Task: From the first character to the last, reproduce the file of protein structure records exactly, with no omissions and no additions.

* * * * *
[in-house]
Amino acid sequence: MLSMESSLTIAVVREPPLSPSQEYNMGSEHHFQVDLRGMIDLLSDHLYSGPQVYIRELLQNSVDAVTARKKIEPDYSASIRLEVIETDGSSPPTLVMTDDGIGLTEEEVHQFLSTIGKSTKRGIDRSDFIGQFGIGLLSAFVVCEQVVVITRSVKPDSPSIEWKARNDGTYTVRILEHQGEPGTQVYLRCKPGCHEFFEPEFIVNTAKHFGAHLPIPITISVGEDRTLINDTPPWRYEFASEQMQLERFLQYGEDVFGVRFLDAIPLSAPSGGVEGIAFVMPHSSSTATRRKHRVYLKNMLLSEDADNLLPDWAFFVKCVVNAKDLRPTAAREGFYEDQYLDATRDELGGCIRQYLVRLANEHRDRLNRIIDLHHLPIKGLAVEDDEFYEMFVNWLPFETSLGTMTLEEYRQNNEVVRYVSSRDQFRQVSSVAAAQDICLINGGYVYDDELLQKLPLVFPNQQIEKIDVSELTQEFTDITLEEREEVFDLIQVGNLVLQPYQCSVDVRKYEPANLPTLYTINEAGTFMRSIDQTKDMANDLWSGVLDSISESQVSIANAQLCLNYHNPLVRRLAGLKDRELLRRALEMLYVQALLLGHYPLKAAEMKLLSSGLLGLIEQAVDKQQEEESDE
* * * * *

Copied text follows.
[in-house]
Amino acid sequence: MLSMESSLTIAVVREPPLSPSQEYNMGSEHHFQVDLRGMIDLLSDHLYSGPQVYIRELLQNSVDAVTARKKIEPDYSASIRLEVIETDGSSPPTLVMTDDGIGLTEEEVHQFLSTIGKSTKRGIDRSDFIGQFGIGLLSAFVVCEQVVVITRSVKPDSPSIEWKARNDGTYTVRILEHQGEPGTQVYLRCKPGCHEFFEPEFIVNTAKHFGAHLPIPITISVGEDRTLINDTPPWRYEFASEQMQLERFLQYGEDVFGVRFLDAIPLSAPSGGVEGIAFVMPHSSSTATRRKHRVYLKNMLLSEDADNLLPDWAFFVKCVVNAKDLRPTAAREGFYEDQYLDATRDELGGCIRQYLVRLANEHRDRLNRIIDLHHLPIKGLAVEDDEFYEMFVNWLPFETSLGTMTLEEYRQNNEVVRYVSSRDQFRQVSSVAAAQDICLINGGYVYDDELLQKLPLVFPNQQIEKIDVSELTQEFTDITLEEREEVFDLIQVGNLVLQPYQCSVDVRKYEPANLPTLYTINEAGTFMRSIDQTKDMANDLWSGVLDSISESQVSIANAQLCLNYHNPLVRRLAGLKDRELLRRALEMLYVQALLLGHYPLKAAEMKLLSSGLLGLIEQAVDKQQEEESDE